Impressive work from diverse voices
Photograph by Jon Bolden
In searching for curators, we are always interested in mixing things up—different genres, differences in authors, different geographies, etc. With a PhD in English from the University of Chicago, we know she is trained to spot excellent work and to articulate her thoughts well. As a writer and book reviewer—with work appearing in The Rumpus, The Hairpin, LA Review of Books, the Chicago Tribune, Gastronomica, and the Austin Chronicle—residing in Austin, Texas, she has plenty of exposure to some of the best authors the state has to offer. This makes her a perfect choice for curating.
Although I first met her behind the scenes of a play about cheerleading at Austin’s Salvage Vanguard Theater, Bridget Brewer is the only one of these writers not currently residing in Texas. This native Oregonian is now pursuing an MFA in creative writing at Brown University, which makes her officially tri-coastal. However, Bridget’s one of those ambi-talented, energetically gifted young women you just want to claim for your home state. A visual artist and stage performer as well as a writer, her short fiction shares with her performances an oddball sensibility paired with an exuberant, goofy grace. You’ll be seeing more of her.
Melanie Westerberg first came across my radar back in 2012, when her short story “Sheds” was a finalist in the Austin Chronicle story contest. A coming-of-age western with elements of fantasy, it appealed to me for its bone-dry depiction of ranch life as much as for its fresh take on a shape-shifting heroine. Melanie hails from Iowa and admits to being “obsessed with landscape”; Texas appeals to her love of the great wide open, and she has been quietly cultivating her place-bound sensibility for years, most recently at a writer’s residency at Madroño Ranch in Central Texas.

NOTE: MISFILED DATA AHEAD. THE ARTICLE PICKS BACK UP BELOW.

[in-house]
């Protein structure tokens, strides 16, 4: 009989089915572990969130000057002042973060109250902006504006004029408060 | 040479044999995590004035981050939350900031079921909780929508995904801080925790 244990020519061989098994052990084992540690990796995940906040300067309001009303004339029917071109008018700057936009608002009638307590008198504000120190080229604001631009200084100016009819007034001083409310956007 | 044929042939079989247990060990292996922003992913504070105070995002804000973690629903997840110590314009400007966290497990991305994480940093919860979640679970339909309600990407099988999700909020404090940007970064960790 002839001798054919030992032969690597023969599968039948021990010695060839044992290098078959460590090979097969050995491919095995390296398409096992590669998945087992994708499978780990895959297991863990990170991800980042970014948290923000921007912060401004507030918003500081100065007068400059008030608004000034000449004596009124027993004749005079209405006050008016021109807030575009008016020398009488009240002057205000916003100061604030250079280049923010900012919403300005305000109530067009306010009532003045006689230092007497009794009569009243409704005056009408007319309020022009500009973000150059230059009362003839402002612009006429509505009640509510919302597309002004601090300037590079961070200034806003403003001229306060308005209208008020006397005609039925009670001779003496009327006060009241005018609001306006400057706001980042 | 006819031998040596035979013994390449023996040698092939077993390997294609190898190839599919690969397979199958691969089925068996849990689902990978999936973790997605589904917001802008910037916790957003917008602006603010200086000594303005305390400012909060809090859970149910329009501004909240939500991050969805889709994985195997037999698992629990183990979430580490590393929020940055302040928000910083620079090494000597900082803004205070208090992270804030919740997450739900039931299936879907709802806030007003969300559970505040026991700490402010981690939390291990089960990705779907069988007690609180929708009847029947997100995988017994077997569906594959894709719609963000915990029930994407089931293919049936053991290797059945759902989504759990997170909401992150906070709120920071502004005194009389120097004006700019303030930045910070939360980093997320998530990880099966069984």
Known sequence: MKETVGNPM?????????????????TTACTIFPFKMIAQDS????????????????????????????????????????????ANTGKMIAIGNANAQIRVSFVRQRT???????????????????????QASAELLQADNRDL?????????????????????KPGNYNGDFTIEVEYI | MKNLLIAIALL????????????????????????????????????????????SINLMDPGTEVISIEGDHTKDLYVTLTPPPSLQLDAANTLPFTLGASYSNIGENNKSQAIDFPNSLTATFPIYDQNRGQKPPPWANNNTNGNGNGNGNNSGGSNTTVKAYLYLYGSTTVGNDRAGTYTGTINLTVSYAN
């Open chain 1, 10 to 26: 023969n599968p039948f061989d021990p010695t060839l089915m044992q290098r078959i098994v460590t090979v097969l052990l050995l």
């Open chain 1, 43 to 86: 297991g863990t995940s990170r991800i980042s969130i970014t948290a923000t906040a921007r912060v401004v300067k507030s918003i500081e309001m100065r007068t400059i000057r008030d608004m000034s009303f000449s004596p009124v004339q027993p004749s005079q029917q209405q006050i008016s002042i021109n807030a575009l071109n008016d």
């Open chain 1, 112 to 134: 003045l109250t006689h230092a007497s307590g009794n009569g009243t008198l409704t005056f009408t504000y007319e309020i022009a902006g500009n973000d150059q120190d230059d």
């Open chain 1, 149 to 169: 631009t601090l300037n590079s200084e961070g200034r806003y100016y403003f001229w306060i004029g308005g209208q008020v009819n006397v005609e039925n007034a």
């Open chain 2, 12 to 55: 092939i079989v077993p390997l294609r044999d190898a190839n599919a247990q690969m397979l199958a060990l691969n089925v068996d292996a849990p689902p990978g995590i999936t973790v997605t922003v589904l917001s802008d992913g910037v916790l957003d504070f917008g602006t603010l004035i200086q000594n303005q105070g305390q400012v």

Currently a library-sciences grad student, Kendra Fortmeyer founded a library at the high school where she teaches creative writing, and both libraries and young people feature prominently in her work—she’s written a YA novel and recently published a library-centric piece in One Story Magazine. The story of hers that first caught my eye, “Mermaids at the End of the Universe,” took fairy-tale whimsy to its furthest possible endpoint, spinning it into a lyrical fable about aging, beauty and death. Reminiscent of Peter Beagle in its humor and beauty, Kendra’s work is frequently surprising and always delightful.
I first encountered LaToya Watkins earlier this year, while reviewing the Wings Press anthology Her Texas: Story, Image, Poem, Song. Her story “Outsiders” stood out for its deft, confident voice and incisive, multi-layered depiction of the social and psychological terrain of Dallas, Texas. When Wendy asked me to curate this series, I immediately thought of LaToya; having recently completed her PhD from the University of Texas at Dallas and won a Pushcart Prize for her story “Mother”, she’s got big things on the horizon. Keep her in your sights.